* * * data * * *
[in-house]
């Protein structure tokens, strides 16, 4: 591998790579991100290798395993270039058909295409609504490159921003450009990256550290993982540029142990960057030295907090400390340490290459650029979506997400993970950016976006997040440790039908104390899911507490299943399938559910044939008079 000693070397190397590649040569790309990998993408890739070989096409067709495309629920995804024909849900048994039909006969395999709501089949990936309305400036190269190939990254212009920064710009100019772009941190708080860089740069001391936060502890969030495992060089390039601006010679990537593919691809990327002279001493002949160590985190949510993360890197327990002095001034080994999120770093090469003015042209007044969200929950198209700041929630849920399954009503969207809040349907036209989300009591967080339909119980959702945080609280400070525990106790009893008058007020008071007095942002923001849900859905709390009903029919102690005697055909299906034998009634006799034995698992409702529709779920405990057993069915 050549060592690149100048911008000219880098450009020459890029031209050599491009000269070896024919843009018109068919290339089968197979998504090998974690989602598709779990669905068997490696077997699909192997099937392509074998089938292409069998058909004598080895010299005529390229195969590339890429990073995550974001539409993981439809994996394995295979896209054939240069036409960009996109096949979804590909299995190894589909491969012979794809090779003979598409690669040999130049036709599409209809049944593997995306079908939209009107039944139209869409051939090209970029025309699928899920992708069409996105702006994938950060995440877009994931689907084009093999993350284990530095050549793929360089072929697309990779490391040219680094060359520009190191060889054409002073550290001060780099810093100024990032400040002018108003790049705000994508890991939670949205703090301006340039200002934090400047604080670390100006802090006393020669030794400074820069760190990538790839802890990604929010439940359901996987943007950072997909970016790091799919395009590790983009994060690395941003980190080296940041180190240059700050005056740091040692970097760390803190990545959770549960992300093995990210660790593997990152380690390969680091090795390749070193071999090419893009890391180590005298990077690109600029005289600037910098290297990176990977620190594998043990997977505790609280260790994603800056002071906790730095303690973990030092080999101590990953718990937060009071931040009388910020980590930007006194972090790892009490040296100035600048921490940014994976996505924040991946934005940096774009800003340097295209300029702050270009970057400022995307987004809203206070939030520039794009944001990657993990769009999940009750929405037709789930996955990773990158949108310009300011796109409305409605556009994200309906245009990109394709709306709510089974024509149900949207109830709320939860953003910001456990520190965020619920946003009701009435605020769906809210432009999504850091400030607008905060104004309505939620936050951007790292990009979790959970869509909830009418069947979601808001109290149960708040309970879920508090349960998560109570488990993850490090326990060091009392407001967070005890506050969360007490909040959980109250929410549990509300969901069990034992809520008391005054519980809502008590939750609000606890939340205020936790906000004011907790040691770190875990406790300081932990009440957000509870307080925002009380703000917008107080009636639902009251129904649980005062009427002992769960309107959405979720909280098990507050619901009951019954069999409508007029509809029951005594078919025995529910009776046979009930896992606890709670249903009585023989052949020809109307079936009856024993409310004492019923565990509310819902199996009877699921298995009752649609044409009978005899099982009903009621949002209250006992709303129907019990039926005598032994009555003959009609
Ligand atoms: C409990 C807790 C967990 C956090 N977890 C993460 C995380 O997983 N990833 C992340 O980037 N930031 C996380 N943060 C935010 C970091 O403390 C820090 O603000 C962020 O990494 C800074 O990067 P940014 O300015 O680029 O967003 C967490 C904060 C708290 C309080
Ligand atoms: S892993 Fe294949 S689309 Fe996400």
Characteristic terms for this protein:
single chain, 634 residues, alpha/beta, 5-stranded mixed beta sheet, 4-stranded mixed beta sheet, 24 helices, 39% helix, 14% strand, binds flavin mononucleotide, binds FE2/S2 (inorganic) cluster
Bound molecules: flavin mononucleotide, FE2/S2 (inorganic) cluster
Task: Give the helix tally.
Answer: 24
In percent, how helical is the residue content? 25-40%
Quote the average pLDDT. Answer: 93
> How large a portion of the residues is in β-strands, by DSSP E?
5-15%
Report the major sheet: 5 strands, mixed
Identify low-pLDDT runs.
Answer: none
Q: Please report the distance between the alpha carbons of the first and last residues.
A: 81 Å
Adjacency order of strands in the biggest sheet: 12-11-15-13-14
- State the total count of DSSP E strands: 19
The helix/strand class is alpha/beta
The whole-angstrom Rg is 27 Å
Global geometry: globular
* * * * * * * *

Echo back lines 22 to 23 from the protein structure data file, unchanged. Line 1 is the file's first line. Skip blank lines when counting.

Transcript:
The whole-angstrom Rg is 27 Å
Global geometry: globular